In reply to an earlier post on Mar 20, 2009 7:14:34 PM PDT
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In reply to an earlier post on Mar 20, 2009 8:32:27 PM PDT
Swordssss says:
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In reply to an earlier post on Mar 20, 2009 9:05:43 PM PDT
Doc Bee says:
The educational system does need an overhaul, I agree. But we won't get anywhere with parents that coddle their children and settle for poor performance. Teachers need more support and respect, and we need to worry less about making our kids "feel good" and preparing them for the realities of hard work. We need an optimal interaction between a reformed educational system and reformed parents and families.

Posted on Mar 20, 2009 9:32:51 PM PDT
We must stop kidding ourselves that all students are college bound. We force every student to take college prep courses that many of them will never need. We have dumbed down the course so that every child can pass the accompanying end of course standardized test (the tests have also been dumbed down). The only way for our students to compete successfully is to identify the students who actually are college bound at or before the 8th grade and offer alternatives for the others. That's what other countries do. The students who actually are college bound can be challenged without worrying about losing the students who do not belong in those courses. I dont know why we have come to believe that every child is headed for college. Believing this is a huge waste of time and money.

In reply to an earlier post on Mar 21, 2009 9:12:01 AM PDT
Swordssss says:
I agree with that. The reform I am thinking of is more along the lines of Alfie Kohn's writings.

In reply to an earlier post on Mar 21, 2009 11:37:19 AM PDT
Bea Shalla says:
I attended school in the Philippines from 1st to 7th grade. When I attended my 8th grade here in the U.S. the curriculum was too easy... we were already taught algebra and geometry in the 5th-7th grade over there, and we were only starting those in the 8th grade here.

Classes there were only from 8am to noon Mondays thru Fridays, and I learned a lot being at home and reading, playing (and not with the latest, high tech toys, but with the basics, a ball, a pen, paper, a book...), hanging out with my friends on my own. Of course my grandparents were always there too, teaching me how to cook, how to garden--I feel you learn a lot of wisdom and important insights on life from other people when you're not pressured like you would be if it was in a school setting and you're being graded.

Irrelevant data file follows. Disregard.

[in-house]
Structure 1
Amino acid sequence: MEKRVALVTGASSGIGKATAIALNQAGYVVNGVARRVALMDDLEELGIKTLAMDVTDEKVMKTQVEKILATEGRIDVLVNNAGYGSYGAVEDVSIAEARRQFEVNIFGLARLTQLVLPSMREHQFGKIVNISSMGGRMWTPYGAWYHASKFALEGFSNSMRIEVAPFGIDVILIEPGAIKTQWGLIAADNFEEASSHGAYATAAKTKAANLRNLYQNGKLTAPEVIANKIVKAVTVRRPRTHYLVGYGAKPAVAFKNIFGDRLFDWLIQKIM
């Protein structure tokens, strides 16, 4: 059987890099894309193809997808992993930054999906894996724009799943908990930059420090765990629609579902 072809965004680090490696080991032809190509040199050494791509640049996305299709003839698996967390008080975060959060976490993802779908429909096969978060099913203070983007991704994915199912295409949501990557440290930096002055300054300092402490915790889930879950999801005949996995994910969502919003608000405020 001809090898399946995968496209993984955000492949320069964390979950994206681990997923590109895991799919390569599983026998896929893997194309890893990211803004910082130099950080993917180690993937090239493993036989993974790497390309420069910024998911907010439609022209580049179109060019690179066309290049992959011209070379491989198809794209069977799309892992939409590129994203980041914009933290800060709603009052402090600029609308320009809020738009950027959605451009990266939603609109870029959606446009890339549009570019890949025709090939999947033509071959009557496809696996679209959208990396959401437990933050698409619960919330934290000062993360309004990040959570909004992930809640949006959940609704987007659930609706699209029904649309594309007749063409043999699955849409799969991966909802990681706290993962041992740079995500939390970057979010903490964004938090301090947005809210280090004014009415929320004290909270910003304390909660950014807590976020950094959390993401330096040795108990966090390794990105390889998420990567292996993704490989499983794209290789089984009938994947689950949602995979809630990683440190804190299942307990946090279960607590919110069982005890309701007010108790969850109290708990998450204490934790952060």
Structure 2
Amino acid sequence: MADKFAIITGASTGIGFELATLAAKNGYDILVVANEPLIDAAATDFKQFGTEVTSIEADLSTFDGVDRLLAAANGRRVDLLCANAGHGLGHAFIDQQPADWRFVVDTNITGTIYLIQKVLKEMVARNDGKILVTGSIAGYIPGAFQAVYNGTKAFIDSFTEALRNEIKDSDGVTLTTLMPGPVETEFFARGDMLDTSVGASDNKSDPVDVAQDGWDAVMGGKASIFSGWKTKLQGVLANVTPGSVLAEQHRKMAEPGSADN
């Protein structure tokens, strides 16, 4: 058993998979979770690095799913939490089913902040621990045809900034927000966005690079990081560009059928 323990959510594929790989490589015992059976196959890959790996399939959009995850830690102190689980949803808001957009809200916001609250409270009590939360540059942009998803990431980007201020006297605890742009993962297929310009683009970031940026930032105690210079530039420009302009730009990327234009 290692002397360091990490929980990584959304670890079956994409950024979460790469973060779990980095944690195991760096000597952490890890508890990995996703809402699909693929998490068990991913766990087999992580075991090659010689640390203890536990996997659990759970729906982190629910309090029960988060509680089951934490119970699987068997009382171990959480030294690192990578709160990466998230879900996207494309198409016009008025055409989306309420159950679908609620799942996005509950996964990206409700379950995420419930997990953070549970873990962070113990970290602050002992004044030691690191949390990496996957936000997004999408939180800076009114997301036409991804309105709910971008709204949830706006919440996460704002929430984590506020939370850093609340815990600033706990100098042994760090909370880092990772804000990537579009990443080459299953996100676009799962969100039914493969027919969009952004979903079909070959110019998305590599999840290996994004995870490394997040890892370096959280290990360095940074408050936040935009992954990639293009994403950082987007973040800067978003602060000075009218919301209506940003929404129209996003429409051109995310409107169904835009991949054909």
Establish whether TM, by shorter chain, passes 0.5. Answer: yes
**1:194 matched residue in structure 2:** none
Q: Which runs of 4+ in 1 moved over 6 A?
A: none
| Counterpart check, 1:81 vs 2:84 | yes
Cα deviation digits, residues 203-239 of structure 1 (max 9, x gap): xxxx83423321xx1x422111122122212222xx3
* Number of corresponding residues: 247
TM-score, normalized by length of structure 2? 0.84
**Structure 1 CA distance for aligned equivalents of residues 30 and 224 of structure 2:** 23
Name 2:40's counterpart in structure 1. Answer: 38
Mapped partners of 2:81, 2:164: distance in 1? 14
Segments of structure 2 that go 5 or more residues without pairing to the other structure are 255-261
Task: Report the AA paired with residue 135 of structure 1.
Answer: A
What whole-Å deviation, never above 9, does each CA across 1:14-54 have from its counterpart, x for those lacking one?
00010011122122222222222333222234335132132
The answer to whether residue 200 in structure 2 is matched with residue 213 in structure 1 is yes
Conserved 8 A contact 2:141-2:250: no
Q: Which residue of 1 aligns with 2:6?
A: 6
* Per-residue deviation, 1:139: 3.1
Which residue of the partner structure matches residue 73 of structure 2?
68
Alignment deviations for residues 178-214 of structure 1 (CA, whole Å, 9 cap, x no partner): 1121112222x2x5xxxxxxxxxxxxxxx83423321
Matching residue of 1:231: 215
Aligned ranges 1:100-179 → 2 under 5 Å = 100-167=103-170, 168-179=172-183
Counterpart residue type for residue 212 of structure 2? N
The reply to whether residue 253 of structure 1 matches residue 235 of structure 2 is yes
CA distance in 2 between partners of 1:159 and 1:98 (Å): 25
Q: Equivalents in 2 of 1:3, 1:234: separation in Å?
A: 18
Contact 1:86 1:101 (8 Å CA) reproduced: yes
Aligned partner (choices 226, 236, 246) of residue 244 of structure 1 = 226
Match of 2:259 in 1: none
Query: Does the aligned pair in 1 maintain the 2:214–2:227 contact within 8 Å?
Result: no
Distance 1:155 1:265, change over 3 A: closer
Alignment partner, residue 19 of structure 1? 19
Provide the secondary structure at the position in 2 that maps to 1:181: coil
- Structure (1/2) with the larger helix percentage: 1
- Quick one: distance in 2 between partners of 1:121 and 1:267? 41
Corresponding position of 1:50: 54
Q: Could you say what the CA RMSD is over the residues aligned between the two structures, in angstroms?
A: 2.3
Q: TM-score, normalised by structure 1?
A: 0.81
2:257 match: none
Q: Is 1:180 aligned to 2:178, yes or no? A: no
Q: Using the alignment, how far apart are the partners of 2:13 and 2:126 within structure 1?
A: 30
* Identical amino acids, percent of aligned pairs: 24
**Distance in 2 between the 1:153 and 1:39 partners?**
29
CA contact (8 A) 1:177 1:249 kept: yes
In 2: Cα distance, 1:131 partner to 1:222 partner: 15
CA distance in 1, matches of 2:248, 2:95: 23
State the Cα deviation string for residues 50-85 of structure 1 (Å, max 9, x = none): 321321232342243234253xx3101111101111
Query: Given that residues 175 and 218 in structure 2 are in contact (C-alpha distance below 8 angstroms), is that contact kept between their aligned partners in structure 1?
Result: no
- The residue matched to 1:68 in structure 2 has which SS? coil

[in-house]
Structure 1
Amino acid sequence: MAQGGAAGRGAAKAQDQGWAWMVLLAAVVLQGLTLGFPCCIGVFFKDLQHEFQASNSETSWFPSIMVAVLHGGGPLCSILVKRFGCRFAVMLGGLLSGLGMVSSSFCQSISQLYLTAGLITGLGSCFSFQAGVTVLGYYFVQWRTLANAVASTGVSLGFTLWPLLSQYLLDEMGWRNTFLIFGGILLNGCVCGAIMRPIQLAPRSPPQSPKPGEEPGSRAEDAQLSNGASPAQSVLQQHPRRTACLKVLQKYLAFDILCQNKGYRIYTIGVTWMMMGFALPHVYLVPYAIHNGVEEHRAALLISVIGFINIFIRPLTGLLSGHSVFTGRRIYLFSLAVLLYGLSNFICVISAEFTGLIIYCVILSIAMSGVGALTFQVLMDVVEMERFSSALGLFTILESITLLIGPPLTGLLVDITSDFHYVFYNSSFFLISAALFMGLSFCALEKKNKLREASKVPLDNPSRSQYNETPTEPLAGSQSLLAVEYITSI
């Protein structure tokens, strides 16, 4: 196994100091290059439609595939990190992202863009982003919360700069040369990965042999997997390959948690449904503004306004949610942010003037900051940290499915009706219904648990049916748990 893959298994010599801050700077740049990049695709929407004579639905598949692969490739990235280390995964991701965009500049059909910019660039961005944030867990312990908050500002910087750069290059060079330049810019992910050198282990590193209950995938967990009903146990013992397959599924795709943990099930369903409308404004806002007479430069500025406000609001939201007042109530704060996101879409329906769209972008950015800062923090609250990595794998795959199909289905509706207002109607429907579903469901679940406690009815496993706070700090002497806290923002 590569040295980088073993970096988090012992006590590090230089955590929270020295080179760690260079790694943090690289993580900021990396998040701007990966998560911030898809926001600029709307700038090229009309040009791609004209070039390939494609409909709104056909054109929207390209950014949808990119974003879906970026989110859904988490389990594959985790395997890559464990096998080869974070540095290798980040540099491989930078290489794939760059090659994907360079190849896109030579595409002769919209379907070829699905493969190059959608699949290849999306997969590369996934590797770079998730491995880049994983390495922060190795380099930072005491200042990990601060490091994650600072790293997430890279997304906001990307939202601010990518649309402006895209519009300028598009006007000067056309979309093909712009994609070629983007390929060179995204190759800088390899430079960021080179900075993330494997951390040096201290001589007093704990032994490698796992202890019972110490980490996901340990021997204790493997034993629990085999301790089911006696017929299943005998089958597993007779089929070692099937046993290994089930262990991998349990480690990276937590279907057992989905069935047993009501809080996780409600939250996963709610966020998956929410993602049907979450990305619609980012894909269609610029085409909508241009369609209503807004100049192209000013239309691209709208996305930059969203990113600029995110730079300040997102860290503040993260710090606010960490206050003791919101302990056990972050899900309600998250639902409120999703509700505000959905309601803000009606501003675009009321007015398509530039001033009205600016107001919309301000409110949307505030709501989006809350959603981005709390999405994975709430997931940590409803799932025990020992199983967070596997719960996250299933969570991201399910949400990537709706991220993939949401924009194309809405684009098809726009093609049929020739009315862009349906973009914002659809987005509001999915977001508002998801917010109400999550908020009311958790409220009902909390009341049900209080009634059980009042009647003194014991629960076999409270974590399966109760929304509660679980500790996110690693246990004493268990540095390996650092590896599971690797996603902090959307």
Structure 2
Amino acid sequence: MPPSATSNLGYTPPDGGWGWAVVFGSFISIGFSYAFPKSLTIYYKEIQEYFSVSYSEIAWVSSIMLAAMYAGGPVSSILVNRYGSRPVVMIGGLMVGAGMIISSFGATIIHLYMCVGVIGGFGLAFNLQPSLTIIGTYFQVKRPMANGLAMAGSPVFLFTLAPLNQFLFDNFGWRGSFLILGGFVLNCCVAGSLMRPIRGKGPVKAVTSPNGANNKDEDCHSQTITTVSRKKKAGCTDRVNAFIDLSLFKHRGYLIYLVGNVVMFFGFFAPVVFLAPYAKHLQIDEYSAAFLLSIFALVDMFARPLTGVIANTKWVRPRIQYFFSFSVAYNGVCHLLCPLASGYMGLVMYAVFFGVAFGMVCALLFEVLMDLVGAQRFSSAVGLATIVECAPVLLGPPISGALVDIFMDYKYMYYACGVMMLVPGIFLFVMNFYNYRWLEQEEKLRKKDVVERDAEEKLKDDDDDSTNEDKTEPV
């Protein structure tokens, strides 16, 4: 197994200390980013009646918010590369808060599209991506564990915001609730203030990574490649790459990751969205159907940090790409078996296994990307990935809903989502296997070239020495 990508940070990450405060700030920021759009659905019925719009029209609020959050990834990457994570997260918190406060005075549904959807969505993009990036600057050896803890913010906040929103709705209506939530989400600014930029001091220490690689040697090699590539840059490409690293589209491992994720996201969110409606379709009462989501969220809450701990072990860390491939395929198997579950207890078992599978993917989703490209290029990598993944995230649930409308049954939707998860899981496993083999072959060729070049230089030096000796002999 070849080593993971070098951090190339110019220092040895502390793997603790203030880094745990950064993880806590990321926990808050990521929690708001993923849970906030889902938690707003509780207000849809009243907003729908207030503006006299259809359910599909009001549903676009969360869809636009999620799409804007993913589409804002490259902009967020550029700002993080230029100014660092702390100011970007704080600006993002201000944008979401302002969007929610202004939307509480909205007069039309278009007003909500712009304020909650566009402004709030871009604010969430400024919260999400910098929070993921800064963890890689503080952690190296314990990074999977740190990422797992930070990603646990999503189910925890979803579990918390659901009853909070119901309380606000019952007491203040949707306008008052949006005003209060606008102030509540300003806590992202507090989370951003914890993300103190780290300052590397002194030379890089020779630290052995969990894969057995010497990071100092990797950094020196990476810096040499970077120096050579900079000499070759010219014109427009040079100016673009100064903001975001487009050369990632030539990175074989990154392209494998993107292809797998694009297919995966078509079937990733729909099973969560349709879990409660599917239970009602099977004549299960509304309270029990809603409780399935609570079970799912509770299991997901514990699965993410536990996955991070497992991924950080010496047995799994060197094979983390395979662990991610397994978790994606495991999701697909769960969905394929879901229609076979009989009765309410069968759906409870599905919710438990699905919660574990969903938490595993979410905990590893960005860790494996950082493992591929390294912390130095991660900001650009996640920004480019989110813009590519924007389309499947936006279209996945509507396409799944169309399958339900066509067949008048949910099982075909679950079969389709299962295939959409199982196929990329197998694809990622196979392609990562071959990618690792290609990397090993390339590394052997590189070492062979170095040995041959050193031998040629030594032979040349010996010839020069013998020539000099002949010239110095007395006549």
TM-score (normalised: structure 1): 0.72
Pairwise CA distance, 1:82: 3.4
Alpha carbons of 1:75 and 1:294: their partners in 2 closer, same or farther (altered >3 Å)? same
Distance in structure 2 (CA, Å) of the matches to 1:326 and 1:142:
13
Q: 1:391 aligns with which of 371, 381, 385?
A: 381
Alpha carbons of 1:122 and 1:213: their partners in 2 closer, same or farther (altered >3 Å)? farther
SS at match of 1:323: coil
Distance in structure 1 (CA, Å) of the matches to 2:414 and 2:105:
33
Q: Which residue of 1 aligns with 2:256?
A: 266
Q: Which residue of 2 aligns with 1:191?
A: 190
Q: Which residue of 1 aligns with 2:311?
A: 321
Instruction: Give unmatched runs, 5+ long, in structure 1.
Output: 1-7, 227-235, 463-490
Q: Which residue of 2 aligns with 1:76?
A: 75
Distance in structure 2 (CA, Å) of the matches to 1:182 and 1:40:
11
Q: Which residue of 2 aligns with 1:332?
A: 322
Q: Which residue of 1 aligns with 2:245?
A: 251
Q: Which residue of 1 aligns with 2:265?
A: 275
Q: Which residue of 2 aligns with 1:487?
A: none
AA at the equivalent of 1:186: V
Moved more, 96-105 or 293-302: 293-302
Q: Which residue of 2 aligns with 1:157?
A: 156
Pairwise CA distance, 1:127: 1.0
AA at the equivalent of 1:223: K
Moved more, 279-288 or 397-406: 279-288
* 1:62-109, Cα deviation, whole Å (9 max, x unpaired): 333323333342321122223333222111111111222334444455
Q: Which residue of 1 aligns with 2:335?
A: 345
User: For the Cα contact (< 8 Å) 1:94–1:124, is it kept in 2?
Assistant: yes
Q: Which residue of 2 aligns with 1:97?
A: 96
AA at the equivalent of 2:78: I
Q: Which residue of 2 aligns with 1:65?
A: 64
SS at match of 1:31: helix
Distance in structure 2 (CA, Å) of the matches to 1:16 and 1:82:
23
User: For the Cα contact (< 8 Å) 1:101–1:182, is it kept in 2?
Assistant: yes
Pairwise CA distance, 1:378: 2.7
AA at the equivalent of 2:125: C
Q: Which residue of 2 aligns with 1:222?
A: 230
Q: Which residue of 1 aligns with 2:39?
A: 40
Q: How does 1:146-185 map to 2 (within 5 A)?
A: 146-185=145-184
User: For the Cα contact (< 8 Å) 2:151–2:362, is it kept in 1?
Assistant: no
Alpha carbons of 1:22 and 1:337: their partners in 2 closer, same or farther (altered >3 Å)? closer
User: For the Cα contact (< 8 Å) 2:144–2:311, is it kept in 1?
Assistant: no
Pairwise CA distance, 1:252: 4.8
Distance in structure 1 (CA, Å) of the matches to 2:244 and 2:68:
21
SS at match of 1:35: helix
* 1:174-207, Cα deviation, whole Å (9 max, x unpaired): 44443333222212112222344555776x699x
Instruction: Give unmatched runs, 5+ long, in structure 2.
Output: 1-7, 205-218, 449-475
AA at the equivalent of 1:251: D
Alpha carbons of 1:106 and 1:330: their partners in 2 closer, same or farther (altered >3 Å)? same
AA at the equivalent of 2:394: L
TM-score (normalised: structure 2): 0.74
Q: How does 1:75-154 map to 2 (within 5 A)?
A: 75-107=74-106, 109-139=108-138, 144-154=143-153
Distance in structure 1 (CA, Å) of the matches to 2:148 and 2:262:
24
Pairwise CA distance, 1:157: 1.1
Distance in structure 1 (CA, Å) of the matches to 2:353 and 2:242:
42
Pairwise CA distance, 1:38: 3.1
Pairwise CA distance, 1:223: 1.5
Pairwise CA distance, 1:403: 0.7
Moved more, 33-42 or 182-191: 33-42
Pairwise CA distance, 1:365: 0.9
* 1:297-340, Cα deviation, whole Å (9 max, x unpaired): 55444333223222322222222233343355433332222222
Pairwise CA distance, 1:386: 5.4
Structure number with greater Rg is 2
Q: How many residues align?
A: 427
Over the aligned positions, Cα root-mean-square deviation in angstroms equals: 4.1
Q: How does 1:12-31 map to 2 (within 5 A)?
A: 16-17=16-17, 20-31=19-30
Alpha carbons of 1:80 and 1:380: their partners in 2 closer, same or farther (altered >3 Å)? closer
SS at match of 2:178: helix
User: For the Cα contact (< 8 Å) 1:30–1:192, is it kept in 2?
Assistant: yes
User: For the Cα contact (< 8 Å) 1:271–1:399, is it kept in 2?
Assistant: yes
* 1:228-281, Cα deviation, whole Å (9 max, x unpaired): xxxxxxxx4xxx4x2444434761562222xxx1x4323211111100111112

It's important to learn to read and write, but practicing it in real life was what really helped me. School is teaches the tools but you have to use them and interacting in real life, that's where you use what you've learned.

In the 8th grade, my first year in school here, I felt the classes were too easy and I was surprised that students were being "babied" too much. We were treated as if we couldn't do things ourselves, that teachers and administrators had to hold our hands in order for us to learn and achieve. Many of my classmates were bored, they weren't inspired. By the 11th grade, it was getting pretty boring to me too. In the Philippines it only goes up to the 10th grade, then college. I feel that would've been better for me and my classmates. Tighten up the curriculum so that it's challenging and fun (and I don't mean silly games, I mean serious challenges to achieve... give those who are getting A's and those doing their best a reward). In the Philippines, they made it into a contest, the top 3 smartest students in every class were always given the titles--1st Honor, 2nd Honor... (By the way, I graduated from California Polytechnique Univ, with a 3.61 GPA, cumlaude, taking sometimes 28-32 units/per quarter in case that helps)

Longer school days won't fix this. It's too long already. It's the way the culture is presently structured: parents are out working and the grandparents and uncles, aunts--families aren't that close, no one to play or spend quality time with the kids... The solution? They say it takes a village to raise a child... again, it's not longer school days or school hours, not quantity over quality...it is as someone said here "the unsupervised time and freedom to be kids - to play tag and sandlot baseball, hang around with friends, daydream."